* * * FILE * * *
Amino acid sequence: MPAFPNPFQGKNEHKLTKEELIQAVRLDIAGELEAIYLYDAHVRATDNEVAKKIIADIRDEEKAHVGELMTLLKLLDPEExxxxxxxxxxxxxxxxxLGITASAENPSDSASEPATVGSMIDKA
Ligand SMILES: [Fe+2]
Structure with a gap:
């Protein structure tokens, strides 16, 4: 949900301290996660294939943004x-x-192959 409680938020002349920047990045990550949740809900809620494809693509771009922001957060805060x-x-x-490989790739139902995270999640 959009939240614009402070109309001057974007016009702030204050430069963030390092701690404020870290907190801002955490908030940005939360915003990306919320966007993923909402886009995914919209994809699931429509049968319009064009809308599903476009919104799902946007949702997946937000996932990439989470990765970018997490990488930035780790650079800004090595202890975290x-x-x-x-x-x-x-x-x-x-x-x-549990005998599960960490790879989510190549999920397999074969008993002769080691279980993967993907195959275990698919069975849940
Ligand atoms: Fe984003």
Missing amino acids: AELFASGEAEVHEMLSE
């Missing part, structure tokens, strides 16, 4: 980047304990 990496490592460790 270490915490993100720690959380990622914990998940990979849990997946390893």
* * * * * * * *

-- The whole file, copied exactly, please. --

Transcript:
Amino acid sequence: MPAFPNPFQGKNEHKLTKEELIQAVRLDIAGELEAIYLYDAHVRATDNEVAKKIIADIRDEEKAHVGELMTLLKLLDPEExxxxxxxxxxxxxxxxxLGITASAENPSDSASEPATVGSMIDKA
Ligand SMILES: [Fe+2]
Structure with a gap:
């Protein structure tokens, strides 16, 4: 949900301290996660294939943004x-x-192959 409680938020002349920047990045990550949740809900809620494809693509771009922001957060805060x-x-x-490989790739139902995270999640 959009939240614009402070109309001057974007016009702030204050430069963030390092701690404020870290907190801002955490908030940005939360915003990306919320966007993923909402886009995914919209994809699931429509049968319009064009809308599903476009919104799902946007949702997946937000996932990439989470990765970018997490990488930035780790650079800004090595202890975290x-x-x-x-x-x-x-x-x-x-x-x-549990005998599960960490790879989510190549999920397999074969008993002769080691279980993967993907195959275990698919069975849940
Ligand atoms: Fe984003």
Missing amino acids: AELFASGEAEVHEMLSE
């Missing part, structure tokens, strides 16, 4: 980047304990 990496490592460790 270490915490993100720690959380990622914990998940990979849990997946390893």